Having a bathtub breakdow
I’m standing in front of the hallway mirror, legs astride, hands on hips, chest puffed out.
“Err, what are you doing?”
“I’m Power Posing, Ben”
“Right. You look ridiculous. Bye”.
I do look ridiculous (or at least I did, this was a few weeks ago) but it was a small price to pay for what, Amy Cuddy’s Ted Talk assured me, would boost my confidence in high stress scenarios – which that morning happened to be writing 1,500 words on tote bags. On reflection I can’t say it helped hugely (the 5pm glass of wine, however, did).
Power posing, self-help books, mantras – when it comes to getting a grip on my self-assurance, I’ve tried it all. But alas, at 31 years-old I remain a fully signed up member of the FONMU club. Weirdly – or maybe not so weirdly – I only suffer from the affliction in my working life. I can happily walk into a party full of strangers or go on a blind date without so much as a second thought. But when it comes to career stuff – urgh. I have spent years in offices (and latterly at my dining room table – aka my home office) waiting for someone to find me out.
Imposter syndrome. I didn’t hear this phrase until my mid twenties when I already had several confidence crises under my belt (one of which involved wailing down the phone to Charlie whilst I was sat in the bath – don’t ask – trying to finish my University dissertation. Poor Chaz). But yes, imposter syndrome is what I have – just call me Tom Ripley.
It’s exhausting (mainly for the people around me – I require a lot of cheerleading), at times it can be debilitating and ultimately it makes no sense at all – people continue to employ me, which would suggest i’m not totally shit (unless they’re just being nice. Are they just being nice?!).
But what I’ve come to realise about imposter syndrome, or FONMU, or whatever you want to call it, is that most people get it. My brilliant designer friend gets it, my equally fabulous ex-colleague gets it, apparently even Michelle Obama gets it. And although this doesn’t stop the confidence wobbles from surfacing, it does normalise the whole thing somewhat.
Who knows, maybe that constant FONMU feeling isn’t such a bad thing. Might it even make you better at your job? I mean, if Michelle Obama can, well, be Michelle Obama whilst feeling crap about herself then there could be something in it. I’ll tell myself that the next time I call Charlie from the bathtub.
My oldest friend – the one I’ve had thelongest, not the eldest – will be the first to have a baby. Sitting across from her at dinner, I remembered riding our bikes up and down our street avoiding those yellow plastic squares on thepavement; practicing our times tables; painting rocks for her sister’s birthday (the sentiment was there). And now she’s nine-and-a-bit months pregnant.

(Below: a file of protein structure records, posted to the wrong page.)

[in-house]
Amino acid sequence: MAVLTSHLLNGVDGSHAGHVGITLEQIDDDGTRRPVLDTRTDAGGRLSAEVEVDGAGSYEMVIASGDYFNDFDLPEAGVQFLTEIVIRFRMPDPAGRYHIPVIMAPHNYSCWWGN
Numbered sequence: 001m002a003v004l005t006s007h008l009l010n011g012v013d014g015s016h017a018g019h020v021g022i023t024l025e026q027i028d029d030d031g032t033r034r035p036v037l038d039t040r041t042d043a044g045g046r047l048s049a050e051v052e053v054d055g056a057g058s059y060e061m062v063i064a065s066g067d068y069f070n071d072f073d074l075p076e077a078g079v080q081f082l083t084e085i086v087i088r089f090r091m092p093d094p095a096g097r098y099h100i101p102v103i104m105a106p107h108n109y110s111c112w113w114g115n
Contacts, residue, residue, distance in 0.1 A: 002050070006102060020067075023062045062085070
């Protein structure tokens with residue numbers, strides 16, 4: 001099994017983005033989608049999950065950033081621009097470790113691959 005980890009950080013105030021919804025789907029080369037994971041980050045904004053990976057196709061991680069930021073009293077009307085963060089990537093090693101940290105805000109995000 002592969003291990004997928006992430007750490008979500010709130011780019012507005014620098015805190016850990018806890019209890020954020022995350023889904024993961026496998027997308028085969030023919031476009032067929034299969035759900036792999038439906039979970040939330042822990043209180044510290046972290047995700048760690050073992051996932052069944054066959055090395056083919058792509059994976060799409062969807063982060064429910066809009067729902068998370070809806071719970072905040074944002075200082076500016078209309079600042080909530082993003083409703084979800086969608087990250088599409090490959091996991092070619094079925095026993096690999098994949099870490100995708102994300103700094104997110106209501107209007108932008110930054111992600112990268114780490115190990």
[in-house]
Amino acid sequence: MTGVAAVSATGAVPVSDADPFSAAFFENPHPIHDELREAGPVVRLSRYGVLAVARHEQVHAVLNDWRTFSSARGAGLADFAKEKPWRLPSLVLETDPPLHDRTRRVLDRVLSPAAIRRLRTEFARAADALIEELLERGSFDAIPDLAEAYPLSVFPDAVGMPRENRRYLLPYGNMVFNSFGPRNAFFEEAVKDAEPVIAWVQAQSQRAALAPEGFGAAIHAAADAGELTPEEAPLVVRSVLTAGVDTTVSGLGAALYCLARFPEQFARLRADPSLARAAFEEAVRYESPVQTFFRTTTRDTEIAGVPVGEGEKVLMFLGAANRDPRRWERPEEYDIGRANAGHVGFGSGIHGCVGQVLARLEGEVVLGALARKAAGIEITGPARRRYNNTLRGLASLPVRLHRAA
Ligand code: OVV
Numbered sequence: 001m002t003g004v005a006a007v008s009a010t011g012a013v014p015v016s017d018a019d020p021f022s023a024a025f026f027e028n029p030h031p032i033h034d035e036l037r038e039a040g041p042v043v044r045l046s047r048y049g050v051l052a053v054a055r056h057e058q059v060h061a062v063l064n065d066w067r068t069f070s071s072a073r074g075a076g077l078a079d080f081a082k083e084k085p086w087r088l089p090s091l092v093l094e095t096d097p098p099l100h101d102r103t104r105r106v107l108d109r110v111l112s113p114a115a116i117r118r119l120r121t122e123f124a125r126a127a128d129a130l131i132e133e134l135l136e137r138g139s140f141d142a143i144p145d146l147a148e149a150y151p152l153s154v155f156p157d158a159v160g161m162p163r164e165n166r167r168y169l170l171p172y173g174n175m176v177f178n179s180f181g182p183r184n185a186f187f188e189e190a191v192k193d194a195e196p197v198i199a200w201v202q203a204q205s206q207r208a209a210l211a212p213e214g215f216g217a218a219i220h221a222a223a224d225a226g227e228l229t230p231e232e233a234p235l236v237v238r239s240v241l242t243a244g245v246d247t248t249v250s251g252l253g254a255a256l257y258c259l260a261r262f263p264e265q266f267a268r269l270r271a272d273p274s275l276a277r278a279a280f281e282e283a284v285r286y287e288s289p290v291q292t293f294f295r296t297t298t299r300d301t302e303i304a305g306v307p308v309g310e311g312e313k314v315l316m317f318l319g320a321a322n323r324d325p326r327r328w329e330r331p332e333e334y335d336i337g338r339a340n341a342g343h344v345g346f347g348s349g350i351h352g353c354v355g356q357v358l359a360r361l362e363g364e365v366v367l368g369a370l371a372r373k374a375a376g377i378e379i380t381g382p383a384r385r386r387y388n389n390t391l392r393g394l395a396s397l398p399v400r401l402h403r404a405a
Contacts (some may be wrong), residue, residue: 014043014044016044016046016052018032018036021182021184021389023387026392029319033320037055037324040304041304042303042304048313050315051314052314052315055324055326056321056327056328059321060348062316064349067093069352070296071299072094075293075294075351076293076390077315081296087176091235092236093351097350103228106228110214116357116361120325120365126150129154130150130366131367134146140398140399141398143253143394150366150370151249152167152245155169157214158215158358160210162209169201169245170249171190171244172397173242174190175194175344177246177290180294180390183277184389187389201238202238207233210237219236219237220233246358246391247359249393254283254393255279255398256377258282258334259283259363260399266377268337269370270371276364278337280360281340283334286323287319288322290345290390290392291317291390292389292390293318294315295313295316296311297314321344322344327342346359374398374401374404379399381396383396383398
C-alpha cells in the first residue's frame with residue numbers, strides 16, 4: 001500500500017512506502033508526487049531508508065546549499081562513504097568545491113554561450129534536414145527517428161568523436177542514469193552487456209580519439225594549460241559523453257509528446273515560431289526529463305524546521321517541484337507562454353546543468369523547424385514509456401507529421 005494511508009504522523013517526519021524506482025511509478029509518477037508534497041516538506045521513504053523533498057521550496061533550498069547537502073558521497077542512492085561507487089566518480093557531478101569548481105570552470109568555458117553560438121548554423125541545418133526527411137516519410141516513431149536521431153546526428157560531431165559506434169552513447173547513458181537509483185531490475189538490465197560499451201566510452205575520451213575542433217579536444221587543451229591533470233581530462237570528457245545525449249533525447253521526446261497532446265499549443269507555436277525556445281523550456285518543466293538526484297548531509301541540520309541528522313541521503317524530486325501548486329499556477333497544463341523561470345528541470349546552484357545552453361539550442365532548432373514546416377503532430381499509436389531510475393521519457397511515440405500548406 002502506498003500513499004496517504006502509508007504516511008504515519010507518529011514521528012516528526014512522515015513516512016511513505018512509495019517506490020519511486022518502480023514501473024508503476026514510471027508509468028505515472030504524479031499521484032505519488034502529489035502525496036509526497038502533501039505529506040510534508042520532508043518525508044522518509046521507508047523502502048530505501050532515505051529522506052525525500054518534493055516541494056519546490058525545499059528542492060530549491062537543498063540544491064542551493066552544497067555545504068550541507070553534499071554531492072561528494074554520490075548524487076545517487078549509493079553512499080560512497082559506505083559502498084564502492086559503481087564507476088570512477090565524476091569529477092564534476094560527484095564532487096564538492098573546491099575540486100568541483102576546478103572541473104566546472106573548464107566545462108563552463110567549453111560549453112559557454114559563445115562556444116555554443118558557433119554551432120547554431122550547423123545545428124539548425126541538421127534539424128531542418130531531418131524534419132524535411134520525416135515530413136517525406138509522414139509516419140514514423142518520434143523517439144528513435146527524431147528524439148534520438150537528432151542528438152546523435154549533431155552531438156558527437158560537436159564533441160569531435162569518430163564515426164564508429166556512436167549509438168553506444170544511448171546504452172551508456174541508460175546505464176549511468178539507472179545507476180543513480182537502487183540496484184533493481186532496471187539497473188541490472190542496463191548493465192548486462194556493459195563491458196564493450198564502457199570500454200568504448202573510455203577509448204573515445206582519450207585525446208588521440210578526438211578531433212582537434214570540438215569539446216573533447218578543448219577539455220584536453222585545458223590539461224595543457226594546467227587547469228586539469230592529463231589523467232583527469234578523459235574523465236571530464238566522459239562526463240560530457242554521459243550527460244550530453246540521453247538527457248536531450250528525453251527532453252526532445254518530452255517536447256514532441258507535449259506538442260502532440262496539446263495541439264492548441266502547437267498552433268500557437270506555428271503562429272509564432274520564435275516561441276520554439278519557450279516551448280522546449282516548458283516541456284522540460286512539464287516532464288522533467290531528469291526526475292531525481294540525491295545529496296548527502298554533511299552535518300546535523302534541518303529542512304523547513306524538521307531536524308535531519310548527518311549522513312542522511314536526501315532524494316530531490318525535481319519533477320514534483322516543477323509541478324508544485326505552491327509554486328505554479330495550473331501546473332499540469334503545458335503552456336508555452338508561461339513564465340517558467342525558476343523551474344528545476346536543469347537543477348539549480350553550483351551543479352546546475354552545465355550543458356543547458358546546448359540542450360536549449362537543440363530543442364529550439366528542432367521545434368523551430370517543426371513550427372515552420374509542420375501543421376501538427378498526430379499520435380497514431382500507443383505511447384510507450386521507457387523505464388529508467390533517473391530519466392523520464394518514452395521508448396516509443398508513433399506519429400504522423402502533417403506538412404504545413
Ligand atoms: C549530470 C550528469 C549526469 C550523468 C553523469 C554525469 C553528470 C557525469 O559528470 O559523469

Until this point, babies have been therealm of older colleagues, school friends who I’ve lost touch with – and who live outside of London – and independently-wealthy uni friends who were on the property ladder years before the rest of us (I still can’t reachthe bottom rung). But this baby will start a new chapter. People tell me that couples disappear into parenthood for a while, just as they do at thebeginning of a relationship. New parents don’t spend their Friday nights in the pub, or go on girls’ holidays with their still-single friend.
I’m not too old, I know – 31 is not too old. The wedding years aren’t quite up yet; there are still a few couples to go, and a few other single women, too. But I feel like I’m missing my window. When the idea of having a baby seemed like a far-off future, Frankie and I joked about coordinating maternity leaves: long lunches, each of us with a baby in a backpack. But although we never had a schedule in mind, somehow I’m behind it. Frankie is getting married in October; I’ve yet to find a plus one.
Weddings are supposed to be a great place to meet people – or at least that’s what your married friends will tell you. But by the time you hit your mid-twenties anyone even close to eligible is taken, and by 31, you’re left with theguy whose dick is nicknamed (dicknamed?) after a spiny dinosaur,the only-recently-legal cousin, and thegroom’s friend with mouth chlamydia: those are the single men on Frankie’s guestlist, and who knows if they’ll still be single by then. And the dating pool seems to be getting ever-shallower. The men offered to me by dating-app algorithms seem to either be 27 or 37. There’s no in-between: all the in-betweens are in relationships, though some of them will re-emerge after a bad break-up (and with a lot of baggage) in time to jointhe 37 club.
I spend my Friday nights swiping past men who like Taekwondo, those ‘not looking for anything serious, winkyface’, the ones who leave theheight box blank, those whose bitterness radiates from the phrase ‘not into shallow girls or time-wasters’. The ‘commitment’ apps are even worse. Apparently many, many men look like thumbs, and they are all signed up to Guardian Soulmates.
But no more excuses. I have six months to find a date for Frankie’s wedding – not the one, just a plus one who I can split the cost of the hotel room with. That should be plenty of time, right?